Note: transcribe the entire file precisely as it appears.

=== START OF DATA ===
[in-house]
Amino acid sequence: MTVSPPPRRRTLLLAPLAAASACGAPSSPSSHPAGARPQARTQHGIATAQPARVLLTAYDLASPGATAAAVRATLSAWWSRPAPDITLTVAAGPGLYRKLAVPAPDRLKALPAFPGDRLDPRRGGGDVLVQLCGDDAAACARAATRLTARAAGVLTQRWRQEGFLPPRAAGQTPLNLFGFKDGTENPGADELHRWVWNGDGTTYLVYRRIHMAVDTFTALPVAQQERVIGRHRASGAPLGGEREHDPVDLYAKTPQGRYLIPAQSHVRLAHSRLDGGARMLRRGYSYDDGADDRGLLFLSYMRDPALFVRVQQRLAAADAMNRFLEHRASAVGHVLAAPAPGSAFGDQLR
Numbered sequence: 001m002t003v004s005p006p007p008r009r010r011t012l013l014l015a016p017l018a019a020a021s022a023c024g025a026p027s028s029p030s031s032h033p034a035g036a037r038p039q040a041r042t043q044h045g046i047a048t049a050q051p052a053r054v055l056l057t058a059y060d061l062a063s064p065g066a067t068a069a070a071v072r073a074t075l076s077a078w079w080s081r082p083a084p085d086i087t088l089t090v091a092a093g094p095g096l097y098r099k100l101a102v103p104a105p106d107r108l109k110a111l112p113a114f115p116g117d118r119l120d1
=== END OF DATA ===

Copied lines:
[in-house]
Amino acid sequence: MTVSPPPRRRTLLLAPLAAASACGAPSSPSSHPAGARPQARTQHGIATAQPARVLLTAYDLASPGATAAAVRATLSAWWSRPAPDITLTVAAGPGLYRKLAVPAPDRLKALPAFPGDRLDPRRGGGDVLVQLCGDDAAACARAATRLTARAAGVLTQRWRQEGFLPPRAAGQTPLNLFGFKDGTENPGADELHRWVWNGDGTTYLVYRRIHMAVDTFTALPVAQQERVIGRHRASGAPLGGEREHDPVDLYAKTPQGRYLIPAQSHVRLAHSRLDGGARMLRRGYSYDDGADDRGLLFLSYMRDPALFVRVQQRLAAADAMNRFLEHRASAVGHVLAAPAPGSAFGDQLR
Numbered sequence: 001m002t003v004s005p006p007p008r009r010r011t012l013l014l015a016p017l018a019a020a021s022a023c024g025a026p027s028s029p030s031s032h033p034a035g036a037r038p039q040a041r042t043q044h045g046i047a048t049a050q051p052a053r054v055l056l057t058a059y060d061l062a063s064p065g066a067t068a069a070a071v072r073a074t075l076s077a078w079w080s081r082p083a084p085d086i087t088l089t090v091a092a093g094p095g096l097y098r099k100l101a102v103p104a105p106d107r108l109k110a111l112p113a114f115p116g117d118r119l120d1